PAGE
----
Open canoe skills 1

 
 
 
 
 
 
 
 
 
 

Knifing J or Canadian Stroke

 
 
 
How to turn a canoe on the move... paddling tandem.
 
 
Look at the series of photos which shows a 180 degree turn while on the move.
 
 
 
 
  • 1 The canoe is moving forward but about to turn to the left.
  • 2 The bow paddler initiates the turn with a draw stroke (left) and the stern sweeps (right).
  • 3 The bow paddler is using a series of draw strokes while the stern paddler uses sweeps. The canoe is moving forwards but also sideslipping and turning left.
  • 4 The last picture shows the completed U-turn (notice the arc of bubbles/wake showing the track or path of the canoe in photos 3+4).
 
There are many ways to effectively and efficiently control a canoe...come on one of our trips or coaching sessions to find out more and learn some new strokes and skills!

 

 

 

 

 

 

 

 

 

 

 

 

 

 CANOEING WITH A POLE!

 

Using a long pole (around 4 metres) for propelling and controlling a canoe is fairly straightforward and fun.  It gives a welcome change of position from sitting or kneeling and from using a paddle.

 

It's an excellent way of both ascending and descending shallow rocky rivers especially those with easy rapids and sandy, stony river- beds.  On a recent 90 miles descent of the Dordogne River (France) I poled around half of that distance.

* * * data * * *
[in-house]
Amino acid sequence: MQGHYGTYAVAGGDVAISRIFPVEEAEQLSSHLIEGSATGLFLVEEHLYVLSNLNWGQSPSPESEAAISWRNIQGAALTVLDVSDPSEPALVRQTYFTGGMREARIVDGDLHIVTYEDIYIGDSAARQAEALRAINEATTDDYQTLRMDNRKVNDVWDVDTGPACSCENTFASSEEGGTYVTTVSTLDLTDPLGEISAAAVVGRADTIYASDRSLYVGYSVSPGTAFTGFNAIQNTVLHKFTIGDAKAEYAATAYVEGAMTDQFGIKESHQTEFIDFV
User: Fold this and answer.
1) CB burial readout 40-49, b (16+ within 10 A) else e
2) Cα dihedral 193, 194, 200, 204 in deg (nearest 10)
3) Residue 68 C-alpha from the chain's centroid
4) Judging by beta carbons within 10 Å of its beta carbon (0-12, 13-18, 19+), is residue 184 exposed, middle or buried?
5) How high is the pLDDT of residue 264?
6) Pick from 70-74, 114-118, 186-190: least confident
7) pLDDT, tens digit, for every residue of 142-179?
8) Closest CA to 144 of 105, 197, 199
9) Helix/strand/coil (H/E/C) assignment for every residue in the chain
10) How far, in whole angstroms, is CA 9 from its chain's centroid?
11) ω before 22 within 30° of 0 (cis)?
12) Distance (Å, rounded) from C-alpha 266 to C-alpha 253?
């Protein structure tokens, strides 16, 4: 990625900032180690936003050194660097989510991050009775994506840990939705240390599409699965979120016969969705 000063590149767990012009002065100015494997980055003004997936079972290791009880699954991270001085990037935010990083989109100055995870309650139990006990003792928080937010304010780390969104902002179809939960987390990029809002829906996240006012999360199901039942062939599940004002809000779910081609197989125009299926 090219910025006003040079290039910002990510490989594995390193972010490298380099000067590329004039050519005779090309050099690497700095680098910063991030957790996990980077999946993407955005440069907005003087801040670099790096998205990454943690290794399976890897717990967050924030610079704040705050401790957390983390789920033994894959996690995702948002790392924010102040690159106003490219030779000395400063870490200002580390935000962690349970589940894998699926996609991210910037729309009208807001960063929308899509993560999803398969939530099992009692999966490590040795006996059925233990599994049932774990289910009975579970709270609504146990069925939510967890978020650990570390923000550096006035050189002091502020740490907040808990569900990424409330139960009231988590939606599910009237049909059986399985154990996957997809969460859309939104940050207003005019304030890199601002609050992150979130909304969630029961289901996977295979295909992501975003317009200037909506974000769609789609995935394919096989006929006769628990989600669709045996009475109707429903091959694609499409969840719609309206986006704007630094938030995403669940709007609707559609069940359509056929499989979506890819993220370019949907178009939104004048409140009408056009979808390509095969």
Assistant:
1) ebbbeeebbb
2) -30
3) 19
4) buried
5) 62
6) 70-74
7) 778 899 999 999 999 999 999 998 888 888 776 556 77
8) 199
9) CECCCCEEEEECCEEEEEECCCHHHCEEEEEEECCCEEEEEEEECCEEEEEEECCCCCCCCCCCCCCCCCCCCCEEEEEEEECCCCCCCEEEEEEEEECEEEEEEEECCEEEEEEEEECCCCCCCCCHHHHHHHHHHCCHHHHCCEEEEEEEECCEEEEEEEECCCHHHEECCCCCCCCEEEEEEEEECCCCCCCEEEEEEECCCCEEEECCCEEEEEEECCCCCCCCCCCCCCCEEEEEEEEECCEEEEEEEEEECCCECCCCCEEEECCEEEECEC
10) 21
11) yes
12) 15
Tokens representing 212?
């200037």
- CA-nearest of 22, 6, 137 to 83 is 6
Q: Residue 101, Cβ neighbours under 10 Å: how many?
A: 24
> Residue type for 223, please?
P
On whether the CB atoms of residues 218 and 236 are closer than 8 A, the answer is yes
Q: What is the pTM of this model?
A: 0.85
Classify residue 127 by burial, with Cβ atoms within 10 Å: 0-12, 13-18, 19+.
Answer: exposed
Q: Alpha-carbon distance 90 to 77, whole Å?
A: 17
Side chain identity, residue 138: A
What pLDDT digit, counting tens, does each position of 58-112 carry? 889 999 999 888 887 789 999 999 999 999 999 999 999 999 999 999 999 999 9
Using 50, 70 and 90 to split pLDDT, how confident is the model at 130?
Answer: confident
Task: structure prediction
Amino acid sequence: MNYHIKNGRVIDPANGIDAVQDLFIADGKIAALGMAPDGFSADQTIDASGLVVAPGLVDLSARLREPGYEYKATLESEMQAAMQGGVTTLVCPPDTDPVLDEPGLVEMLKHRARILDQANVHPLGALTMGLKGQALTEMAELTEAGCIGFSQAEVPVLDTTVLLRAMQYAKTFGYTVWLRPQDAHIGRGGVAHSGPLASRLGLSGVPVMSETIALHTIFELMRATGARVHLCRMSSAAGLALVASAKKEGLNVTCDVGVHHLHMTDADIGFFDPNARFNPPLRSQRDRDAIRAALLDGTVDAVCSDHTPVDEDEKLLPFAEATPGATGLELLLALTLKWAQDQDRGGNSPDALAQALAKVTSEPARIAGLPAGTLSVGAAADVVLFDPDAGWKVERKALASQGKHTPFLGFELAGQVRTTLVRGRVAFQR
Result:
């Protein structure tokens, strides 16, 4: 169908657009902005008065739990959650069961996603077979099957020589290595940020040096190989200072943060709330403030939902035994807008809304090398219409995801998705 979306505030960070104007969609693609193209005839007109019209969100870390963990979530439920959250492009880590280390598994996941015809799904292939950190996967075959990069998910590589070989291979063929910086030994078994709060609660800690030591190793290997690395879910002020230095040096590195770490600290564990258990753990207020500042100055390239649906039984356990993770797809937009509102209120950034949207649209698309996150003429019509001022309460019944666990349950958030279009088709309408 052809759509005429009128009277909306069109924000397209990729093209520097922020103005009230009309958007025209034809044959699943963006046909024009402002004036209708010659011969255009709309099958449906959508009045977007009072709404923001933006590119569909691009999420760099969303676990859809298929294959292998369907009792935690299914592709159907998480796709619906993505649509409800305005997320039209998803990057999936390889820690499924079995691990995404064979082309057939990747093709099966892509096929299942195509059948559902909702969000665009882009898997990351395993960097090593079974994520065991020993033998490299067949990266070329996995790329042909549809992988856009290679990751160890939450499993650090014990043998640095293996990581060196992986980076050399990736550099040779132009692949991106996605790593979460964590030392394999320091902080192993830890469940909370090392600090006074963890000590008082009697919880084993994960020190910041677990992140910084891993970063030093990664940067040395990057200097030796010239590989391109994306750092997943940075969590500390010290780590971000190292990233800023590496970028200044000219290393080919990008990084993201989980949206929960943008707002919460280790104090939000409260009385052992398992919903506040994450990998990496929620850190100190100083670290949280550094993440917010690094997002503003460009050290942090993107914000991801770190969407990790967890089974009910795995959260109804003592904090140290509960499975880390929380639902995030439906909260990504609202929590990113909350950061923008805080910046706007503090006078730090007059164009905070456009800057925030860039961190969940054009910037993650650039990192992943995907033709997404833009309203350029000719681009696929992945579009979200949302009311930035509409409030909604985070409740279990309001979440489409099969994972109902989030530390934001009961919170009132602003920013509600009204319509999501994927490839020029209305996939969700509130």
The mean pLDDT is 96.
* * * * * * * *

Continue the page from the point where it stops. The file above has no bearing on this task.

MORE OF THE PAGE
Controlling the canoe against the downstream flow is called snubbing, and travelling upstream against the flow is called poling.

 

The images show strong, dynamic poling, with excellent transference of power through the pole onto the riverbed of the Cam.  The canoe is travelling very briskly… notice the wake!
 
 
 
 
The Knifing J Stroke
an advanced open canoe paddle stroke (see Adrian on You Tube below)
A powerful, efficient and effective forward power stroke which gives steering correction towards the paddling side (i.e. a knifing J stroke on the right turns the canoe right). The correction (turning element) is done with the power face of the paddle which is knifed/lifted upwards underwater on the return to the start of the next power stroke/catch point. The stroke can be completed quickly and as the paddle stays in the water longer it gives extra support if needed when in waves and white water.
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